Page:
Guest blog by Tony Smith, The Brooks Group, www.thebrooksgroup.com
Kathleen recently asked my opinion on how to best measure a candidate and their results in today’s down economy. In thinking about this, I came to the conclusion that the answer to this question is actually the same as it would be in a better economy.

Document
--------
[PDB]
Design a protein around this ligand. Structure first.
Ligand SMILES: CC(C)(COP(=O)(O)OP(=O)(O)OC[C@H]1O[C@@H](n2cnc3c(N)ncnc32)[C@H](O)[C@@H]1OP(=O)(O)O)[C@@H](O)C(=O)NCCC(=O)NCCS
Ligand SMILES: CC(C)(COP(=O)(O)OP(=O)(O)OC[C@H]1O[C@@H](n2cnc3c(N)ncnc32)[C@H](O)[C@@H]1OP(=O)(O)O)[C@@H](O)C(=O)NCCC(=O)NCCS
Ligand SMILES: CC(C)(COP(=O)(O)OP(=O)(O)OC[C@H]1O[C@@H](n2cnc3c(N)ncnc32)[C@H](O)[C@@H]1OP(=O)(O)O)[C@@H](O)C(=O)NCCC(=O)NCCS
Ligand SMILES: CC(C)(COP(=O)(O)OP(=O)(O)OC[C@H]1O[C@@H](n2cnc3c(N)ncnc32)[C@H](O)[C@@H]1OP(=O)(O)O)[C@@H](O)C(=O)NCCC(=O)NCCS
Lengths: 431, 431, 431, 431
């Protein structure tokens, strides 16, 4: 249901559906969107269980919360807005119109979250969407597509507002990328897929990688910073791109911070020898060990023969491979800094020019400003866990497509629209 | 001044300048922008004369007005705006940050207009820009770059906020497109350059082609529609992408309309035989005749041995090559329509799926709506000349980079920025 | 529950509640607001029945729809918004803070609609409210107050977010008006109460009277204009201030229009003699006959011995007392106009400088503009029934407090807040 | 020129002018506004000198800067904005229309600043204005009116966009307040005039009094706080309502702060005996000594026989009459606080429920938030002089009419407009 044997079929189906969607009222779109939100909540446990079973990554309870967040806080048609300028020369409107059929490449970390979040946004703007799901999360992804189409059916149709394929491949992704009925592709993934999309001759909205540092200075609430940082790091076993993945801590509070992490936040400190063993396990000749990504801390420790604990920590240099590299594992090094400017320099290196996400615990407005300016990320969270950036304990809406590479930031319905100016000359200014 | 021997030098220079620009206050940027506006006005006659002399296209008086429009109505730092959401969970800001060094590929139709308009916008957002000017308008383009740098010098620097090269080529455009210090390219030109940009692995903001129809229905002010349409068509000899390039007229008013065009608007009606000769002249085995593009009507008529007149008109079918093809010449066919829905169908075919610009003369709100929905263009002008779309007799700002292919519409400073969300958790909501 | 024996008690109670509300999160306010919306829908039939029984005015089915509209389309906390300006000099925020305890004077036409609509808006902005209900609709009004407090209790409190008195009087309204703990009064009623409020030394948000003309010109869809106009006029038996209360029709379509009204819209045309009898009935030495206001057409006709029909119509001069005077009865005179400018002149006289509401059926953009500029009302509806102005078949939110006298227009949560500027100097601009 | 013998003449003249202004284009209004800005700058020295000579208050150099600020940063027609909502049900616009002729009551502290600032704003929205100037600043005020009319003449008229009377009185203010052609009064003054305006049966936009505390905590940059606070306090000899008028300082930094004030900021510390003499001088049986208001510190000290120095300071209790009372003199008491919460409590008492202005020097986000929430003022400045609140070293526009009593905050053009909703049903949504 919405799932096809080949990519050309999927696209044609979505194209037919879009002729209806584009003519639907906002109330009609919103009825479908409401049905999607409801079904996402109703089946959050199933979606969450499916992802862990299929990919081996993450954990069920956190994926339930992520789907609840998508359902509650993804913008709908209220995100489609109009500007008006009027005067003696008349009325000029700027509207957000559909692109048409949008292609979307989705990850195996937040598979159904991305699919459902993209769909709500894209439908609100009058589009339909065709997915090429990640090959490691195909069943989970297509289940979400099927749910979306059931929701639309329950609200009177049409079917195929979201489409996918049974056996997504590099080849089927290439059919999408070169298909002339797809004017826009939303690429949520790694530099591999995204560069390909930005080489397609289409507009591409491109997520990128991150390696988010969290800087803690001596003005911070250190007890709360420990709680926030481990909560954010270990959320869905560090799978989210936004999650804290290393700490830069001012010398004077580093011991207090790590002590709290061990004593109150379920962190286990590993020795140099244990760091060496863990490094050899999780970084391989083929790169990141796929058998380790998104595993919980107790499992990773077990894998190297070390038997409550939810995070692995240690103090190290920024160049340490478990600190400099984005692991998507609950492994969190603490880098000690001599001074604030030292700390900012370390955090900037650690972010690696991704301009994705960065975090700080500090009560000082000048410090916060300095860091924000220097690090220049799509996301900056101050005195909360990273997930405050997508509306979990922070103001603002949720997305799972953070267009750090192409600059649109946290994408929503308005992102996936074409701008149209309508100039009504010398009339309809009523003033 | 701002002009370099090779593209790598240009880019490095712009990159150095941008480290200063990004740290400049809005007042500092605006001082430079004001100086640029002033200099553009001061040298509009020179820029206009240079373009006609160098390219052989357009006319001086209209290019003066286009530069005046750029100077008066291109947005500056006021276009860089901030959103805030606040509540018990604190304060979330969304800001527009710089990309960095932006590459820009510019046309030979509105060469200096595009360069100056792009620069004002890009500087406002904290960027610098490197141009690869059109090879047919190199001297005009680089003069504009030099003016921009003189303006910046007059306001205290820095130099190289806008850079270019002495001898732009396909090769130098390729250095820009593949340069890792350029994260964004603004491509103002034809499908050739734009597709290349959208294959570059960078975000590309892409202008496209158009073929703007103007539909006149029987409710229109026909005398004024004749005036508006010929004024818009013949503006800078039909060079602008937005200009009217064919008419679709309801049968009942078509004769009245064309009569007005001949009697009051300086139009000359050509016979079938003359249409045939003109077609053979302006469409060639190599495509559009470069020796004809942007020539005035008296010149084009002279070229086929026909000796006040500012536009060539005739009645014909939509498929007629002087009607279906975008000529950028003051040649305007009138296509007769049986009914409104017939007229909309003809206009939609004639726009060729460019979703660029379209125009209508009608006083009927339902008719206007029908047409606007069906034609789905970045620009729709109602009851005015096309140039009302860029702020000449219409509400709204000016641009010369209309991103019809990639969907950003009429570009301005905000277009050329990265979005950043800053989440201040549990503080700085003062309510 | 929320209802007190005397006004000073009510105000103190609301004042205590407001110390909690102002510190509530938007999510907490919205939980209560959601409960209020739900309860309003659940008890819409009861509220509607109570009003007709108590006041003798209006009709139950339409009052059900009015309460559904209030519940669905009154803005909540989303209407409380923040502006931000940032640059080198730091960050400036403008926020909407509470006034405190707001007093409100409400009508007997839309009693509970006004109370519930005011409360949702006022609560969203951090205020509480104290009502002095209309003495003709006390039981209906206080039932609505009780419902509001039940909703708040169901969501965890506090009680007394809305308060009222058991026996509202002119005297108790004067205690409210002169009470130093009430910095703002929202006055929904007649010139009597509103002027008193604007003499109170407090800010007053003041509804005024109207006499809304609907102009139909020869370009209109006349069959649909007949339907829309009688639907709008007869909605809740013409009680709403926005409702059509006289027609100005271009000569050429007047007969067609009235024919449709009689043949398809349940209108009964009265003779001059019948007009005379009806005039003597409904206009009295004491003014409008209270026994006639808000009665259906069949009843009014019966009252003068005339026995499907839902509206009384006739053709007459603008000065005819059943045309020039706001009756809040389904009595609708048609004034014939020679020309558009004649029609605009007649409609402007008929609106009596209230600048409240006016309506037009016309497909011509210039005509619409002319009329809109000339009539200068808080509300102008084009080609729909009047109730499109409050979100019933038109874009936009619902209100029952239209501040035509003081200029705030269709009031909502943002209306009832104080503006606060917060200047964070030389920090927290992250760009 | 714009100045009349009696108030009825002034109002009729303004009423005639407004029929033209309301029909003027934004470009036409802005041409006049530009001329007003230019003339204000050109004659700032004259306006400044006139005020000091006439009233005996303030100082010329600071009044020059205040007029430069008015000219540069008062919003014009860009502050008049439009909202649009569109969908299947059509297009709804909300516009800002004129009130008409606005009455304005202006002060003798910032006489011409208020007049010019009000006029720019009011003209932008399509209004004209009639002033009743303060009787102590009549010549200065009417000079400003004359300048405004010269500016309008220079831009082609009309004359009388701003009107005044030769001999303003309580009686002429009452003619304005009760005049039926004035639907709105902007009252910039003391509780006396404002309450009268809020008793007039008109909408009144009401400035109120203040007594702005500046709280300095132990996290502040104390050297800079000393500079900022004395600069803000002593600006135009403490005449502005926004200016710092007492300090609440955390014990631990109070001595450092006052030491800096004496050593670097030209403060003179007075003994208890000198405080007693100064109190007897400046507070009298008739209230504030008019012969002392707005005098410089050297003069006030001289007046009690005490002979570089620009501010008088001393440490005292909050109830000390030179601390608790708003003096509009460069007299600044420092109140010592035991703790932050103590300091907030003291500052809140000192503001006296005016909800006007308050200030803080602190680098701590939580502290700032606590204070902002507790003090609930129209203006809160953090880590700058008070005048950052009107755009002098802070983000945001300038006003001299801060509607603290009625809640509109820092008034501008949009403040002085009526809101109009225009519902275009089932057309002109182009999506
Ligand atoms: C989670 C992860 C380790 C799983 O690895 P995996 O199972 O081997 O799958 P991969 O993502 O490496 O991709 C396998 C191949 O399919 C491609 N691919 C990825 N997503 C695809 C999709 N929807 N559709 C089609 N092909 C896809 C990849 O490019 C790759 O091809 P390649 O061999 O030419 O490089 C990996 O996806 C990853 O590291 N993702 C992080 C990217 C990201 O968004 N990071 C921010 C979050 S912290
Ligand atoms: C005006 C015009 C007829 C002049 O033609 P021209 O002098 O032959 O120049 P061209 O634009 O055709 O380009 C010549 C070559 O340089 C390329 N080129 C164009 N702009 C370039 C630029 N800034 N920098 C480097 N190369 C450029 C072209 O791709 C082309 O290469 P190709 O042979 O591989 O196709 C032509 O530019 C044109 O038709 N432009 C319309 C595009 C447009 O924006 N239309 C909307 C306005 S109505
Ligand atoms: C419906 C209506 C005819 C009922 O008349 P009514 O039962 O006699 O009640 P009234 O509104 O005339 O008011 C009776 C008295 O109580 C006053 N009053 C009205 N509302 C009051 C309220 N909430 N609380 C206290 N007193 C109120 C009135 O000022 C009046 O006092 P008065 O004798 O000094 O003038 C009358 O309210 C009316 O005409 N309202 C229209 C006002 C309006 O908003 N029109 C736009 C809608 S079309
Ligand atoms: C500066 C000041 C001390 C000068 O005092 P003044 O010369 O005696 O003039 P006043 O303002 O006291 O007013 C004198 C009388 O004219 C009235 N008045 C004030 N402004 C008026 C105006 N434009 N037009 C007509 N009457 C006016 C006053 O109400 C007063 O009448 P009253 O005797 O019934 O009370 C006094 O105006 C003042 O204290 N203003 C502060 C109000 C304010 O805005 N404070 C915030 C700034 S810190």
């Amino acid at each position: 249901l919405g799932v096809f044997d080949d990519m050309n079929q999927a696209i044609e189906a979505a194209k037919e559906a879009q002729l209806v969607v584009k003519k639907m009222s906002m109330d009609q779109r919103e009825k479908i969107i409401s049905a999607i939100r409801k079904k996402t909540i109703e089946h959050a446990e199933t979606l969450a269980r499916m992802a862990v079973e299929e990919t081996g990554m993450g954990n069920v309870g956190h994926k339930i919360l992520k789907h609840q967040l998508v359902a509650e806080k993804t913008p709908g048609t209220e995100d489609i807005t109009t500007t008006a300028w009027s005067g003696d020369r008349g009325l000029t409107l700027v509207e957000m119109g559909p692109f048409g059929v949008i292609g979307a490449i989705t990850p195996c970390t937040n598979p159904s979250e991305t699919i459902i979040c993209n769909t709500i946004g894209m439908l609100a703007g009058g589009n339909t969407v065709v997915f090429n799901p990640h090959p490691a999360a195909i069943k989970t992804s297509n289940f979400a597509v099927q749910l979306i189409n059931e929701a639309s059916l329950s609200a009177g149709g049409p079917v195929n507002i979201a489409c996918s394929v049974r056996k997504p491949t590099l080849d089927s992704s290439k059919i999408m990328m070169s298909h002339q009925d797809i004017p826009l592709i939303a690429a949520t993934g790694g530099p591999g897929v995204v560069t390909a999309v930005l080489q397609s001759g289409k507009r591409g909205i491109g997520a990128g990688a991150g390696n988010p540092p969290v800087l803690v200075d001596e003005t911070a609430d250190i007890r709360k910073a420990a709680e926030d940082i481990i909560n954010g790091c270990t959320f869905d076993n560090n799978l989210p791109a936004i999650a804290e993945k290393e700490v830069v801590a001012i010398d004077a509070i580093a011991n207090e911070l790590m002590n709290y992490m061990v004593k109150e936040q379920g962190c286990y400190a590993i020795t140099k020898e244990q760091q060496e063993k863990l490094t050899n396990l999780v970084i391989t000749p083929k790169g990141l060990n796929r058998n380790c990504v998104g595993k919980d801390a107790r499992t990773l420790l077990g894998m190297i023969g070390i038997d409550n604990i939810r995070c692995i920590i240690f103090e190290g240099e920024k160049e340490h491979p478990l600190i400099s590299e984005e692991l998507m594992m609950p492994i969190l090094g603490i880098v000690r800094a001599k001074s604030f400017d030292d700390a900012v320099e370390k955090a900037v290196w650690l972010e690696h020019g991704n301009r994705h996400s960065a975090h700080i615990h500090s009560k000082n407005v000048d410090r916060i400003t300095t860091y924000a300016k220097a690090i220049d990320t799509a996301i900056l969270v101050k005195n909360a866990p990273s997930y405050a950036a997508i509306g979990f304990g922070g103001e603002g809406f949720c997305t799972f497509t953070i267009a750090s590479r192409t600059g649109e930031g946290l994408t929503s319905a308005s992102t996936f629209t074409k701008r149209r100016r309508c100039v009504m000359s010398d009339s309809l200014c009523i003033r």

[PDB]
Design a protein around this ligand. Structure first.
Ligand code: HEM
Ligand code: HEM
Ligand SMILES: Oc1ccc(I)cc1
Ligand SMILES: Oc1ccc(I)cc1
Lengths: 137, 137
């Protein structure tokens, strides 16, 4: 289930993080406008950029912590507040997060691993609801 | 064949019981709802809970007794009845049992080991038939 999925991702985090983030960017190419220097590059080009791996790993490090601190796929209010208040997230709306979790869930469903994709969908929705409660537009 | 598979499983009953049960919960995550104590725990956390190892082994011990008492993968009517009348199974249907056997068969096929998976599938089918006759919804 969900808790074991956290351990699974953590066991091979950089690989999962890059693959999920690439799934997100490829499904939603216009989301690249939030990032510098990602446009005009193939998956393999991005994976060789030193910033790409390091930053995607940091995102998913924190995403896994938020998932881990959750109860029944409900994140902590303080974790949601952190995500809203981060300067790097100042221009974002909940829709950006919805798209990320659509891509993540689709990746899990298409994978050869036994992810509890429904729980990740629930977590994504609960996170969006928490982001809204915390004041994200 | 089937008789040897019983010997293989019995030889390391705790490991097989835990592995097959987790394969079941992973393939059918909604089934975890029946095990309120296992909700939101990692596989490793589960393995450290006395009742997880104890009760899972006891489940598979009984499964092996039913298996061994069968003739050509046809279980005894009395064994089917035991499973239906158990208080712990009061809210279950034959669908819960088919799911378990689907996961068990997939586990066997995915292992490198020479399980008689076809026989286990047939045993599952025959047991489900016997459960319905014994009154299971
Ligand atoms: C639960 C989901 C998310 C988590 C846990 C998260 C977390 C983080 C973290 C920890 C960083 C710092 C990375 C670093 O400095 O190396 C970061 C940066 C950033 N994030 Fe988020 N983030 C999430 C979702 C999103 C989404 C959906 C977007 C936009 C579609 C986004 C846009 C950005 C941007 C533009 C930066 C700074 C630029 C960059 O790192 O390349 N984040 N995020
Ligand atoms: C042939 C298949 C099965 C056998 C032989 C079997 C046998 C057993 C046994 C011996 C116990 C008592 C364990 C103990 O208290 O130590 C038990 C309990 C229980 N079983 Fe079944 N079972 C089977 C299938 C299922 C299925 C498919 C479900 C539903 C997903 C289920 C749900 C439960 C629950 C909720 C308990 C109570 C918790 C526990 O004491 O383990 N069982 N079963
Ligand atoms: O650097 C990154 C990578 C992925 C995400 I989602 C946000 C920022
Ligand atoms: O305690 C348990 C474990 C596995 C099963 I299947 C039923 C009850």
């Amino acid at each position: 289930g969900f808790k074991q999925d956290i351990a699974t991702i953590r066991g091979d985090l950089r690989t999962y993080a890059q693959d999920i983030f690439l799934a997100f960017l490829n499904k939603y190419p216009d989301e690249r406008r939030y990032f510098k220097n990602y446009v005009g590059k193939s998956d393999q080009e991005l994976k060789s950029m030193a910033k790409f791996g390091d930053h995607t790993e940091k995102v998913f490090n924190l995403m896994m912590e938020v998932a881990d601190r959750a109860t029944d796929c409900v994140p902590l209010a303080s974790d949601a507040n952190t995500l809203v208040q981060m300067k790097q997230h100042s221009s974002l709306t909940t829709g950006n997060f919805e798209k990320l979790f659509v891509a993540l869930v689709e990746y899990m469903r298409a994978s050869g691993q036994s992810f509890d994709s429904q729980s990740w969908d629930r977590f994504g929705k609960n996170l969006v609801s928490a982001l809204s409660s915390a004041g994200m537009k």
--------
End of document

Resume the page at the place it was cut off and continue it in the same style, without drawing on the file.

The sales manager is responsible for coaching a candidate to maximize their success in the field. The problem is that many managers focus on end-process measurement, which is measuring a candidate’s results relative to their ability to achieve goal or quota, as opposed to in-process measurement. In-processmeasurement occurs when you measure throughout the sales process. Is your salesperson investigating properly? What about pre-call planning and prospecting? Do they meet the prospect in the right way? Are they able to build trust and rapport? Are they asking the right questions and presenting appropriate solutions? The job of any sales manager is to be able to answer two questions: 1) Where are you in the sales process? 2) What are the next steps? In a down economy, the end goal is a specific result which may or may not be obtained. Goals may have been unrealistic to begin with due to current economic conditions. Budgets have been trimmed and, in some cases, organizations have put a freeze on buying. Depending on what you are selling, even if you think you do bring value, you may not be able to get around this fact. Simply measuring a candidate’s results against a goal is easy, but does not get at the heart of the truth that the right activities drive the right results. Every action that a salesperson takes creates an outcome. This is where you need to be measuring your candidates, because they are producing outcomes even if they are not meeting their goals. Most sales managers do not focus on this because in-process measurement requires more time. But it is critical in this economy that the candidate be measured on in-process measurement, because the real goal of the salesperson should be to be in front of qualified prospects when they are ready to buy and not when you need to make a sale. In order to do this effectively and measure a salesperson properly, sales managers must be in the field. They cannot lead the sales team from behind a desk. This requires more time, but it is the only way to measure a candidate in today’s turbulent times. If your salespeople master the sales process but are not meeting goals, then the goal is unobtainable. Organizations must realize this and be prepared to work through these turbulent times. However, you must first make sure that your salespeople know exactly what to do. Sales will still be made. The question is, will your salespeople be the ones making those sales or will it be the competition? Too many sales teams simply do not know how to properly sell. They are using outdated techniques that are no longer effective in the marketplace.